Leaving the crowd and the game, I ducked inside the door to the school’s gym. Under the cover of the bleachers, I drew out my dad’s flask, and unscrewed the top. Just as I raised it to my lips, I froze at the sound of whispered voices. Whoever was speaking had entered the gym at the other end of the bleachers.

Their shadowy figures weren’t easily visible. But I guessed it was a couple looking for a little privacy for a make-out session. And since a couple sneaking off together wasn’t a threat to me, I stood my ground.

I took a swallow of my father’s hooch. My first sip wasn’t life-changing—it burned going down and made my eyes water—it’s what happened next that changed everything.

After screwing the lid on the flask and pocketing it, I ducked out of the gym and into the hallway. Feeling nosy, I walked toward the gym’s other entrance, noiseless in my Nikes. When I reached the door, I eased into a position that allowed me to spy on the couple I’d heard whispering to each other. They were silent now, and I wanted to know why.

When I saw who it was, I swear my heart almost stopped. A varsity soccer player—Jared Harvey—stood beneath the bleachers, bracing his hands on a tread overhead. Roderick Waites knelt in front of him, unzipping Jared’s jeans.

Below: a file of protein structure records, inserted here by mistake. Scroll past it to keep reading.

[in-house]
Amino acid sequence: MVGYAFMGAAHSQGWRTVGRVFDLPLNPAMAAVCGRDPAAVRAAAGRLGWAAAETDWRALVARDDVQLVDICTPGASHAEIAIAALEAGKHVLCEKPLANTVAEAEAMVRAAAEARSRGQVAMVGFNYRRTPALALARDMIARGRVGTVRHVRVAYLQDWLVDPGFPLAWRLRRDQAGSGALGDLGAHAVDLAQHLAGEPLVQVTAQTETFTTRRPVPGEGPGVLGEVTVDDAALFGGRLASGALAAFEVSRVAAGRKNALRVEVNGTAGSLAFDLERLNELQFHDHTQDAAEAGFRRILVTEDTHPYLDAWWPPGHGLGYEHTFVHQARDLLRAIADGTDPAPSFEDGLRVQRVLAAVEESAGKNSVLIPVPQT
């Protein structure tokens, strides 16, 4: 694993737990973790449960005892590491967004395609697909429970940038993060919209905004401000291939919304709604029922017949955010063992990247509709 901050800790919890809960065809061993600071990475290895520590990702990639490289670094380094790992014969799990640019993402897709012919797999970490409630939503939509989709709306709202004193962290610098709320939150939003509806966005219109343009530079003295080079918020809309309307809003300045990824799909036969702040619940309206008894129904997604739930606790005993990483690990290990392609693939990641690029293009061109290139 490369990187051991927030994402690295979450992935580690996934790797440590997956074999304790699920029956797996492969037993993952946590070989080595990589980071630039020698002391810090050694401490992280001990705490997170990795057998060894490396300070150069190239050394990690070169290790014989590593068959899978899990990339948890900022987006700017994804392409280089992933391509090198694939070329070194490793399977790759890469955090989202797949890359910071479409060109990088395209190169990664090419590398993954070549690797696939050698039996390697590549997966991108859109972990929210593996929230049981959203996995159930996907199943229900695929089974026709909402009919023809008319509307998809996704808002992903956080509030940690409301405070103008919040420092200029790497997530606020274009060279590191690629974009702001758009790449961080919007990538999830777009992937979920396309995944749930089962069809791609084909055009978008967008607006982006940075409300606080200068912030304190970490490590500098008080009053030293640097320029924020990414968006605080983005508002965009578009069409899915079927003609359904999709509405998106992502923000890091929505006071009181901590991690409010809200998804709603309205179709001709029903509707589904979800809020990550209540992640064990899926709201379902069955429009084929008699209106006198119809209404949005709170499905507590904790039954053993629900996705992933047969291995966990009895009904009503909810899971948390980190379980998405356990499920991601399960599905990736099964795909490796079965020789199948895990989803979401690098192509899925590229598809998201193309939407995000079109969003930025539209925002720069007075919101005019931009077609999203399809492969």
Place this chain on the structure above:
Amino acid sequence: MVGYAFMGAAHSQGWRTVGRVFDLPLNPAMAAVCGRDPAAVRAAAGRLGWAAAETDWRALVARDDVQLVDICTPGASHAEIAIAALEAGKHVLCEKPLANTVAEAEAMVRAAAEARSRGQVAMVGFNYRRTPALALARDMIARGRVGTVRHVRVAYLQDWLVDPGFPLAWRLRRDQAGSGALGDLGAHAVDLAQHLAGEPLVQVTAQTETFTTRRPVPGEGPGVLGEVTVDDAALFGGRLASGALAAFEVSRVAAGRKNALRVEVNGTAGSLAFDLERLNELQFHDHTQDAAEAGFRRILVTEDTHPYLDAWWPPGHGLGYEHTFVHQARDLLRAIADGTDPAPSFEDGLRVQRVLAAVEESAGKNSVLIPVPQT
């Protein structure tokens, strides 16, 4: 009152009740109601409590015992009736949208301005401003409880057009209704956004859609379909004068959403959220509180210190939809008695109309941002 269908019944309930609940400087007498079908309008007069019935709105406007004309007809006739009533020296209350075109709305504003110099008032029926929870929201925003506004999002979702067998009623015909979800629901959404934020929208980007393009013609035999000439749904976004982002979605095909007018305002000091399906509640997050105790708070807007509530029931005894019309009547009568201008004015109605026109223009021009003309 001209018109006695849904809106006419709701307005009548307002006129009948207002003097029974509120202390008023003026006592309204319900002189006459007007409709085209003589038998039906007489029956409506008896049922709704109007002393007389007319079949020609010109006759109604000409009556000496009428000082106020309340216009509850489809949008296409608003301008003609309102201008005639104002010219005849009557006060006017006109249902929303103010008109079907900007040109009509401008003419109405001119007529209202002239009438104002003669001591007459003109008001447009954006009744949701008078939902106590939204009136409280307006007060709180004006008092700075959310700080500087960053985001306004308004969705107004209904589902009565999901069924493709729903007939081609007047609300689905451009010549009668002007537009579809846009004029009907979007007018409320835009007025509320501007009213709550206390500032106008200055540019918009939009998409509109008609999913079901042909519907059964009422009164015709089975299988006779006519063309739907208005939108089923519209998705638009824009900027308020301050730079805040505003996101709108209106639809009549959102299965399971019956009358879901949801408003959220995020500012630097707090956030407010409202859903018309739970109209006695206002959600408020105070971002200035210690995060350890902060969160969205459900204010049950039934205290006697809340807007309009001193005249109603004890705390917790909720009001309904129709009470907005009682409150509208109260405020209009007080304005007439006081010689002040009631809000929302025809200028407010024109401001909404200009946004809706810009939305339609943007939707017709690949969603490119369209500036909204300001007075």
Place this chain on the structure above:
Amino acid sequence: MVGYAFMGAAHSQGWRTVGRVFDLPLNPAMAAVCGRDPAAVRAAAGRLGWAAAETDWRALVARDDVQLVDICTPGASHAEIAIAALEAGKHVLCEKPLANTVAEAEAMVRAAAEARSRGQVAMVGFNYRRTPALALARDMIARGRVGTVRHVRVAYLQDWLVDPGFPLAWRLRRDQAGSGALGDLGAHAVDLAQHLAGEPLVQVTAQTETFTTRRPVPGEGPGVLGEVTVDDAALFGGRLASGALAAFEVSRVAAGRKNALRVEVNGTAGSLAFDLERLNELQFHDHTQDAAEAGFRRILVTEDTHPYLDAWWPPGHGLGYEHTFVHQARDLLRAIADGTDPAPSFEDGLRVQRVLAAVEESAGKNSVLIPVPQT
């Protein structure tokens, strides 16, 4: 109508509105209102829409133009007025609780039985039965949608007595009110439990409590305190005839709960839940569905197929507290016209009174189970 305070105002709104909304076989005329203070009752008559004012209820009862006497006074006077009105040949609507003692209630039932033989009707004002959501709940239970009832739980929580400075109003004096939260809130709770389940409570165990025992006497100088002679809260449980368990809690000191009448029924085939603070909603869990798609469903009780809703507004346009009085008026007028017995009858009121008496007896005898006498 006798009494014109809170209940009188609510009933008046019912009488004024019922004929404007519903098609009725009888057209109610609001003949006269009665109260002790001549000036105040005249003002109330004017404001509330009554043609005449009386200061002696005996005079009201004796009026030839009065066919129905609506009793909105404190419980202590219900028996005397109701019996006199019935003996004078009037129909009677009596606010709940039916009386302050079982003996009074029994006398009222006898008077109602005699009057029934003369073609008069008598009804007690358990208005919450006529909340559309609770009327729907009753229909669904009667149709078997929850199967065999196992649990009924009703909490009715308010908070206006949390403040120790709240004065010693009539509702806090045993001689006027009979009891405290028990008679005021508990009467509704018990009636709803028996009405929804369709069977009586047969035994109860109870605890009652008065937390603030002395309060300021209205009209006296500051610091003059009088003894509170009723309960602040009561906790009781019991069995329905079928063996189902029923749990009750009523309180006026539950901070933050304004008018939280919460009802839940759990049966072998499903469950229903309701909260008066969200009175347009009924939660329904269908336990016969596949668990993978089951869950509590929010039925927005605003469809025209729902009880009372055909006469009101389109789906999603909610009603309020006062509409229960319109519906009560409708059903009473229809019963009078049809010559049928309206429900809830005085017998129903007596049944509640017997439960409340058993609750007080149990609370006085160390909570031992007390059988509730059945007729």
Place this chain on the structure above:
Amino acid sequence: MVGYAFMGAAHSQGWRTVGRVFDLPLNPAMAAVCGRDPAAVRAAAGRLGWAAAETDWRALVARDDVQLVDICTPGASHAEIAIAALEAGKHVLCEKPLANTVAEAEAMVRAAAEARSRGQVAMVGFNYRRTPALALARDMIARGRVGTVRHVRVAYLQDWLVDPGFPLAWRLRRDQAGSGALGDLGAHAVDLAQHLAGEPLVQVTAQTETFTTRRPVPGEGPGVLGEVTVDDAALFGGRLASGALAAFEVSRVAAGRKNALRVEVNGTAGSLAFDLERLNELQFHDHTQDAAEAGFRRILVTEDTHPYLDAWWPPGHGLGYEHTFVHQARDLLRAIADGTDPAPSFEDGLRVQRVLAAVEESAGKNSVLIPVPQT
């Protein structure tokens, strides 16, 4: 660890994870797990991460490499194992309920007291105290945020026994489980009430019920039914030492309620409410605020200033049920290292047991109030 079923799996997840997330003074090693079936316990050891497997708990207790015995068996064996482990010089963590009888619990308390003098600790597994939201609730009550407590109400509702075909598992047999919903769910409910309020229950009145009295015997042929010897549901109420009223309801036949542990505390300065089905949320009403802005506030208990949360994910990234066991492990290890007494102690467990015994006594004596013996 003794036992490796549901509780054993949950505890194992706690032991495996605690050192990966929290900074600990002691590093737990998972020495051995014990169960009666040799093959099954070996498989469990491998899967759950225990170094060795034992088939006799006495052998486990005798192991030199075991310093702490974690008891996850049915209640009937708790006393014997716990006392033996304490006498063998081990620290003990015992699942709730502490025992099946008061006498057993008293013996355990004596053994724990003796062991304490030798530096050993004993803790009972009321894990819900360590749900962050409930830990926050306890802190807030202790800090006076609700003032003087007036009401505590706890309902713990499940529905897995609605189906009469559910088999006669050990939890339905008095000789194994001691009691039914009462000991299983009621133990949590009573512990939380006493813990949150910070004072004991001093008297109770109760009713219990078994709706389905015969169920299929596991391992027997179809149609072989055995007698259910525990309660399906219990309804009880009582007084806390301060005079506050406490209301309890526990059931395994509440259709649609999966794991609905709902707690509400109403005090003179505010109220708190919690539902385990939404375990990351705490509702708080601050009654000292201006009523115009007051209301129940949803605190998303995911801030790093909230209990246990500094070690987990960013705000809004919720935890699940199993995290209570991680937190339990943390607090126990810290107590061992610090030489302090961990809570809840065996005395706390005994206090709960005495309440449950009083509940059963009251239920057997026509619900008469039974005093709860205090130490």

You can bet I didn’t even blink for the next five minutes…

 

 

I am not even sure what to say about Roommate. This book just did it for me. It was touching, sexy, sweet, emotional, honest… It was everything I could hope for and then some.

Kieran and Roderick have a history neither are sure they should mention. 😳 But now, after eight years, Roderick is back, and he’s invading Kieran’s space! Kieran is painfully shy, which definitely comes across as gruff and grumpy. Roderick is like a ray of sunshine and seems entirely at ease with who he is. Of course, we all know that there is more under both of their covers!

Watching the two of them go from tiptoeing around each other to reluctant roommates to friends to lovers was simply beautiful to watch. I was cheering them on hard as they had to work their way through all of the baggage they were carrying. These were two people who not only belonged together but who brought out each other’s strength.

Roommate is 100% a complete standalone novel. You do not need to read any other Sarina Bowen book to lose yourself in this one and love every damn second of it. But if you are a fan of her True North books and the Shipley family, then you are going to be so glad you listened to me and got your hands on this one!

 

Sarina Bowen is the award-winning author of more than thirty contemporary novels. She has hit the USA Today bestseller’s list thirteen times and counting. Formerly a derivatives trader on Wall Street, Sarina holds a BA in economics from Yale University.

Sarina is a New Englander whose Vermont ancestors cut timber and farmed the north country since the 1760s. Sarina is grateful for the invention of indoor plumbing and wi-fi during the intervening 250 years. On a few wooded acres, she lives with her husband, two boys, and an ungodly amount of ski and hockey gear.

Sarina’s books are published in a dozen languages on four continents.